Audio cases (I like Portabrace) are also a great option to make sure your equipment is safe while traveling or on location. I bought my Tascam HDP2 with a Portabrace case and it’s really a worthy investment. The velcros work like the first day eight years later.

This powerex charger is a very nice option if you need an army of batteries for your recorder and/or wireless kits.

Balance Risk and Personality

Some people are more risk averse than others and this is something you need to take into account. In my case, I don’t feel confortable rushing things or spending large sums of money so I try to avoid doing those two things at once. If you are similar to me, remember that at some point you have to take the leap and is going to feel uncomfortable. But that’s good. That’s what they mean when they say “Is good to step out of your confort zone”.

When I bought the Rode Blimp v1, I could not afford anything better. It’s an OK starting point, but I would not recommend it for a long term investment. Not very durable.

If, on the other hand, you tend to rush things, well, take it easy. It may help to give yourself some time to make sure to make the right decision. Sharing your situation with friends or colleagues may help too, you’d be surprised by how much better you can see things when you articulate them out loud and get feedback.

Personally, I don’t like to buy second-hand stuff because I feel like I’m taking a big risk but if you are confortable with that, it’s definitely an option. It helps if you can check the condition in person and knowing the seller is ideal. If you are buying online, using sites with a reputation system is a must. Other than that, second-hand is a risk that may pay off or end up in disaster. So ask yourself: how much more money am I willing to pay to get peace of mind instead?

Reviews are spooky

Any piece of equipment that is reasonably popular is going to have some scary reviews. That’s the nature of the polarized online world: people only bother giving 1 or 5 stars, so there isn’t much nuance. Having said that, reviews are still a valuable resource when used with caution.

My approach is to focus on quality rather than quantity. Sure, you can found many reviews in Amazon nowadays but I would prefer to check audio forums or specialized stores first. You can also check reviews for a product on online stores that you are not planning to use. If you are in Europe, B&H and Sweetwater are great. If you are in the US, Thomann is a fantastic source.

Other than that, your best bet is to join and participate forums like Gearlutz. With time, you’ll get to know people there whose opinion would probably be more valuable than a random Amazon user.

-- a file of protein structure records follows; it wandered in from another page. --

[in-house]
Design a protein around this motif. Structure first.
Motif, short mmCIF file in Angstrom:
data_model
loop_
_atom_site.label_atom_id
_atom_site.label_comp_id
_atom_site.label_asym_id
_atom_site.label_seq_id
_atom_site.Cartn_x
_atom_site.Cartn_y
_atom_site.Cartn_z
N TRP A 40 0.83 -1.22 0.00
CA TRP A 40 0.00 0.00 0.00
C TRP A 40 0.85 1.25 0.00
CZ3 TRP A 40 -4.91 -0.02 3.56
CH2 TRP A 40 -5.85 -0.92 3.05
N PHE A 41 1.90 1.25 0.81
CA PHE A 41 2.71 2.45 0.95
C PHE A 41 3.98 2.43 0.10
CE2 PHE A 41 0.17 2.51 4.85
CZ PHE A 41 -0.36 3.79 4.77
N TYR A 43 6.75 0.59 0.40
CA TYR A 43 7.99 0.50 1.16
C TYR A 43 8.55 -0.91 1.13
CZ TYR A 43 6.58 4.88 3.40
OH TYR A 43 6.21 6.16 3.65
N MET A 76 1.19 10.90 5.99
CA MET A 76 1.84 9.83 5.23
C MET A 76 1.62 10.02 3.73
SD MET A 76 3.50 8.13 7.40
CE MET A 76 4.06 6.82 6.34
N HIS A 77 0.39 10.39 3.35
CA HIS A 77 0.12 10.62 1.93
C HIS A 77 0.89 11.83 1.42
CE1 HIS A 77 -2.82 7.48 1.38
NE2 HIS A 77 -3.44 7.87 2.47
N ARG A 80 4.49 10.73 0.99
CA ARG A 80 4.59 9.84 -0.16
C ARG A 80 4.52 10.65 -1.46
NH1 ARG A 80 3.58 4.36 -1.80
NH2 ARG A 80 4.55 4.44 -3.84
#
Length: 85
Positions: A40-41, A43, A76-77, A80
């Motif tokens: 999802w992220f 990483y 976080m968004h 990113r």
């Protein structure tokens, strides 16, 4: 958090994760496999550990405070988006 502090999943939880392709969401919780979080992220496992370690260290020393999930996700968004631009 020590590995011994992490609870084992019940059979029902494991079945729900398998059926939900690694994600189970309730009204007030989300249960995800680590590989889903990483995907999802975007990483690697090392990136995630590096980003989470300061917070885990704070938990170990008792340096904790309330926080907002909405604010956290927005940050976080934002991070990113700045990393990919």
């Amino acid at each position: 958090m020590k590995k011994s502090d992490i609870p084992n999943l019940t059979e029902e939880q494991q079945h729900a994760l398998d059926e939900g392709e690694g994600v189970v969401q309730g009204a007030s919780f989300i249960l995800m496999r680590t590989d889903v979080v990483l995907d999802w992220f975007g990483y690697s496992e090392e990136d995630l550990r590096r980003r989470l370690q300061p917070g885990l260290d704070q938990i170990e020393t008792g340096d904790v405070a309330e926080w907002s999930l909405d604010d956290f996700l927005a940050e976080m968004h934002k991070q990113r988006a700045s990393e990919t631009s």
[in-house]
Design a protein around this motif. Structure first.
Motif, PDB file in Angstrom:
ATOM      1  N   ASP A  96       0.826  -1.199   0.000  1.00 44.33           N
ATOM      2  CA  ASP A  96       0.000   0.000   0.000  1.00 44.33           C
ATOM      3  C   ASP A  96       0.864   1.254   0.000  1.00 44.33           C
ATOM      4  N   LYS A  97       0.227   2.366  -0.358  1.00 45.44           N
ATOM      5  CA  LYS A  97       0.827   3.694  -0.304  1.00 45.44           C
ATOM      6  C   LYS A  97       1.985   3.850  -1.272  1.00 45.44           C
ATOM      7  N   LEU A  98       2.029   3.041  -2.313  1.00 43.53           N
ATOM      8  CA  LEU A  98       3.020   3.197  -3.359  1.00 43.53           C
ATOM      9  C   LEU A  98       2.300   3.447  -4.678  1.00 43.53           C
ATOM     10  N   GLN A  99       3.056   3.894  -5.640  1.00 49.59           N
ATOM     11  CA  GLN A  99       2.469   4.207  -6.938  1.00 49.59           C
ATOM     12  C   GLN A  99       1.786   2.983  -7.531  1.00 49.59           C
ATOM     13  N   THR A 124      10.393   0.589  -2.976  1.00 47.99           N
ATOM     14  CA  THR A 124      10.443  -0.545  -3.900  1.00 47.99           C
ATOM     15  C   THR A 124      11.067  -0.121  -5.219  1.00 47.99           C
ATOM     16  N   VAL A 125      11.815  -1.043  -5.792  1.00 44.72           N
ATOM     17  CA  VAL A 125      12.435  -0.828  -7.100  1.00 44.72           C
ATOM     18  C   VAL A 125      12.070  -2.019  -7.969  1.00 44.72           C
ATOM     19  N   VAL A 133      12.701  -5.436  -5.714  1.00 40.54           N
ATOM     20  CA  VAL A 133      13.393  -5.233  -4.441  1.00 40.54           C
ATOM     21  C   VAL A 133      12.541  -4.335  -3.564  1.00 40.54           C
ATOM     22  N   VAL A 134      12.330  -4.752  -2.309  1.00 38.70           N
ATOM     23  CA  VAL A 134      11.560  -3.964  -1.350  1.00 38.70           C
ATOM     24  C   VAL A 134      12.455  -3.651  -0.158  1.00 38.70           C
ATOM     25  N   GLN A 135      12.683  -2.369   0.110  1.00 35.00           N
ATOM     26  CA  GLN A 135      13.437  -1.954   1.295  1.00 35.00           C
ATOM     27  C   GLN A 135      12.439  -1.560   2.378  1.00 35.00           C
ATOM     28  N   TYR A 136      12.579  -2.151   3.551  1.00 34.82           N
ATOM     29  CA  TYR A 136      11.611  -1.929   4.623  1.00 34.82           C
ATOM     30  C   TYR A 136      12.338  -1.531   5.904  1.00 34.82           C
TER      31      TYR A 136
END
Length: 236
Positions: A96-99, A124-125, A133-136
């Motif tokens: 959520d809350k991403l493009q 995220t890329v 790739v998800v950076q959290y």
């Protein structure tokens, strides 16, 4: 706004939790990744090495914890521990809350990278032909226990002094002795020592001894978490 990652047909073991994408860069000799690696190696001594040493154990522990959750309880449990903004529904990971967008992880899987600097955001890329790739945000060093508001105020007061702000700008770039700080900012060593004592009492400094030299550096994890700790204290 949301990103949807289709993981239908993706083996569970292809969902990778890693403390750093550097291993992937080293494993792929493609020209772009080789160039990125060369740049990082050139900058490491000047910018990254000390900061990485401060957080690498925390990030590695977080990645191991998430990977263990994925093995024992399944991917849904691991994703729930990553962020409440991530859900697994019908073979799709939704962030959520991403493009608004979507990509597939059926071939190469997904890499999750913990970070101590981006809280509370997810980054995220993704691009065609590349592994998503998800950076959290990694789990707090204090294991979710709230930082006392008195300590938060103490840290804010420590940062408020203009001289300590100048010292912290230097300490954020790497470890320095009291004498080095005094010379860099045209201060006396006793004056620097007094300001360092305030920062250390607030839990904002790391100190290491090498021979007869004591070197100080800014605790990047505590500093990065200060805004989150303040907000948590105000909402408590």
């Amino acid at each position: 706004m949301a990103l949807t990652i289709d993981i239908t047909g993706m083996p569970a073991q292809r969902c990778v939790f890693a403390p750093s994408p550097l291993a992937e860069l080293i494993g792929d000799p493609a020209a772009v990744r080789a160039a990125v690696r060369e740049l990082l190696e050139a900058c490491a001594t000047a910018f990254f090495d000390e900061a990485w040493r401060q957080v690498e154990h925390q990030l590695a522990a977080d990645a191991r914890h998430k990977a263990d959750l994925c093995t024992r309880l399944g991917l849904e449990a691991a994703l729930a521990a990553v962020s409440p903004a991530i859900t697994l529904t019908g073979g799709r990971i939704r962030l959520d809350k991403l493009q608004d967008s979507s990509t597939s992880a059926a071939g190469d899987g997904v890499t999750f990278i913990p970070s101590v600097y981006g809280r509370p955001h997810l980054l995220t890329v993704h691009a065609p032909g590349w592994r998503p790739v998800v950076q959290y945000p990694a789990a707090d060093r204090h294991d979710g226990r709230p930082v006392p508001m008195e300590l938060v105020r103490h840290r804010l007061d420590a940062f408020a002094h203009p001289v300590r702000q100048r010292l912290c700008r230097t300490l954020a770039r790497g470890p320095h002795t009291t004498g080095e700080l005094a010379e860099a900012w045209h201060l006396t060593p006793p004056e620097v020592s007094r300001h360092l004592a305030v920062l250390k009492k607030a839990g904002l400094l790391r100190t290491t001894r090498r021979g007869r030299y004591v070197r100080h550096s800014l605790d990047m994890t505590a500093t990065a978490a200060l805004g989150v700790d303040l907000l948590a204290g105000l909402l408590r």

Limit your tools

The Sennheiser MKH 416 was my first mic and almost the only one for some time, forcing me to use it in many different ways (on location, for foley, for SFX, for VO…)

Scarcity may sound like a bad thing but I think you can learn a lot from it. Limiting yourself to a small number of tools forces you to be creative, try new things and of course you will master them. Is hard to do that if you have too much stuff so my advice would be to really make the most of what you have before buying something new.

For me, a good example of this is audio libraries. If you already have a decent amount of sounds, there is probably a lot you can do with them. Doing sci-fi or fantasy sounds, for example, will force you to experiment with what you have around in terms of recording gear and plugins and you will learn far more than if you just buy yet another library.

Dear Devs, 7 Reasons why your Game may need Audio Middleware.

There are several audio middleware programmes on the market. You may have heard of the two main players: Fmod and Wwise. Both offer free licenses for smaller budget games and paid licenses for bigger projects.

So, what is Audio Middleware? Does your game need it?

Audio Middleware is a bridge between your game's engine and the game's music and sound effects. Although is true that most game engines offer ready to use audio functionalities (and some of them overlap with the features explained below), middleware gives you more power and flexibility for both creating, organizing and implementing audio.

Here are the seven main reasons to consider using middleware:

1. It gives Independence to the Audio Team.

Creating sound effects and music for a game is already a good amount of work, but that is barely half the battle. For these assets to work, they need to be implemented in the game and be connected to in-game states and variables like health or speed.

This connection will always need some collaboration between the audio team and the programming team. When using middleware, this is a much easier process since once the variables are created and associated, the audio team will be free to tweak how the gameplay will affect the audio, without the need to go into the code or the game engine.

2. Adaptive Music.

Music is usually linear and predictable, which is fine for linear media like movies. But in the case of video games, we have the power to make music adapt and react to the gameplay, giving the player a much more compelling experience.

Middleware plays an important role here because it gives the composer non-linear tools to work and think about the soundtrack not in terms of defined songs but of different layers or fragments of music that can be triggered, modified and silenced as the player progresses.

3. Better handling of Variation and Repetition.

Back when memory was a limiting factor, games had to get by with just a few sounds, which would usually meant repetition, a lot of repetition. Although repetition is certainly still used to give an old school flavour, is not very desirable in modern, more realistic games.